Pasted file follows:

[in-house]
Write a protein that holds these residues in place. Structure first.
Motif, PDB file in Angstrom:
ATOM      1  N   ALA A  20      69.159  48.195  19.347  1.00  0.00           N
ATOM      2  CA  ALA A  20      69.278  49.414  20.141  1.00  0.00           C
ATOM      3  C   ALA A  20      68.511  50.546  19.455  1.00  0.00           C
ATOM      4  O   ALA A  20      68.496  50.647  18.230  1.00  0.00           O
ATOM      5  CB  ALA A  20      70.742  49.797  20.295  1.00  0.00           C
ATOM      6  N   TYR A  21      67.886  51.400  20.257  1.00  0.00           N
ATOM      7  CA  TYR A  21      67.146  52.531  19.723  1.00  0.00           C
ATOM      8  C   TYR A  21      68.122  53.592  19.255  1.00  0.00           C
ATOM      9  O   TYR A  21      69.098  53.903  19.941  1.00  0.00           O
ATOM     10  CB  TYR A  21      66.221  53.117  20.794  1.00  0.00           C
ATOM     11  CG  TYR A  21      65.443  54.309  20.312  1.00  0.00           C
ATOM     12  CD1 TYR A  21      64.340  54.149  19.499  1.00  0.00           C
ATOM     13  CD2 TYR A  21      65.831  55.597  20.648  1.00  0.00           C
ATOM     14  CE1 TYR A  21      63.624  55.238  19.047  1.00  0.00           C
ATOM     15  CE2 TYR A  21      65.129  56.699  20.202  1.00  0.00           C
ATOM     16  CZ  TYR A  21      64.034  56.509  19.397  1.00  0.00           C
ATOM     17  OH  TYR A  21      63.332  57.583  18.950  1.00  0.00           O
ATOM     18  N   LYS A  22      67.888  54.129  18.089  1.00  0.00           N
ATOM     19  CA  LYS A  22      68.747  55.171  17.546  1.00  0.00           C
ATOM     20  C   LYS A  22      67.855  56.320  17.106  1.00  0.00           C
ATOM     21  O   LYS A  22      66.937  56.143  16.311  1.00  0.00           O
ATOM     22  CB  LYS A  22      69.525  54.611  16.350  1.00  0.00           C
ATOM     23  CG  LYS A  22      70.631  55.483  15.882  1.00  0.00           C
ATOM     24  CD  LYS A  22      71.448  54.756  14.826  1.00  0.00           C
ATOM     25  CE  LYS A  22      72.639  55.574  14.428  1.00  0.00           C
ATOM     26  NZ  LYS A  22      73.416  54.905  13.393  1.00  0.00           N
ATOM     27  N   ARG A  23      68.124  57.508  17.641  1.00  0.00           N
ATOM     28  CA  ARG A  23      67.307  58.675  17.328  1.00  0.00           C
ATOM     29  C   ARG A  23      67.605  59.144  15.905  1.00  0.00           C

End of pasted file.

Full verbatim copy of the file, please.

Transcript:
[in-house]
Write a protein that holds these residues in place. Structure first.
Motif, PDB file in Angstrom:
ATOM      1  N   ALA A  20      69.159  48.195  19.347  1.00  0.00           N
ATOM      2  CA  ALA A  20      69.278  49.414  20.141  1.00  0.00           C
ATOM      3  C   ALA A  20      68.511  50.546  19.455  1.00  0.00           C
ATOM      4  O   ALA A  20      68.496  50.647  18.230  1.00  0.00           O
ATOM      5  CB  ALA A  20      70.742  49.797  20.295  1.00  0.00           C
ATOM      6  N   TYR A  21      67.886  51.400  20.257  1.00  0.00           N
ATOM      7  CA  TYR A  21      67.146  52.531  19.723  1.00  0.00           C
ATOM      8  C   TYR A  21      68.122  53.592  19.255  1.00  0.00           C
ATOM      9  O   TYR A  21      69.098  53.903  19.941  1.00  0.00           O
ATOM     10  CB  TYR A  21      66.221  53.117  20.794  1.00  0.00           C
ATOM     11  CG  TYR A  21      65.443  54.309  20.312  1.00  0.00           C
ATOM     12  CD1 TYR A  21      64.340  54.149  19.499  1.00  0.00           C
ATOM     13  CD2 TYR A  21      65.831  55.597  20.648  1.00  0.00           C
ATOM     14  CE1 TYR A  21      63.624  55.238  19.047  1.00  0.00           C
ATOM     15  CE2 TYR A  21      65.129  56.699  20.202  1.00  0.00           C
ATOM     16  CZ  TYR A  21      64.034  56.509  19.397  1.00  0.00           C
ATOM     17  OH  TYR A  21      63.332  57.583  18.950  1.00  0.00           O
ATOM     18  N   LYS A  22      67.888  54.129  18.089  1.00  0.00           N
ATOM     19  CA  LYS A  22      68.747  55.171  17.546  1.00  0.00           C
ATOM     20  C   LYS A  22      67.855  56.320  17.106  1.00  0.00           C
ATOM     21  O   LYS A  22      66.937  56.143  16.311  1.00  0.00           O
ATOM     22  CB  LYS A  22      69.525  54.611  16.350  1.00  0.00           C
ATOM     23  CG  LYS A  22      70.631  55.483  15.882  1.00  0.00           C
ATOM     24  CD  LYS A  22      71.448  54.756  14.826  1.00  0.00           C
ATOM     25  CE  LYS A  22      72.639  55.574  14.428  1.00  0.00           C
ATOM     26  NZ  LYS A  22      73.416  54.905  13.393  1.00  0.00           N
ATOM     27  N   ARG A  23      68.124  57.508  17.641  1.00  0.00           N
ATOM     28  CA  ARG A  23      67.307  58.675  17.328  1.00  0.00           C
ATOM     29  C   ARG A  23      67.605  59.144  15.905  1.00  0.00           C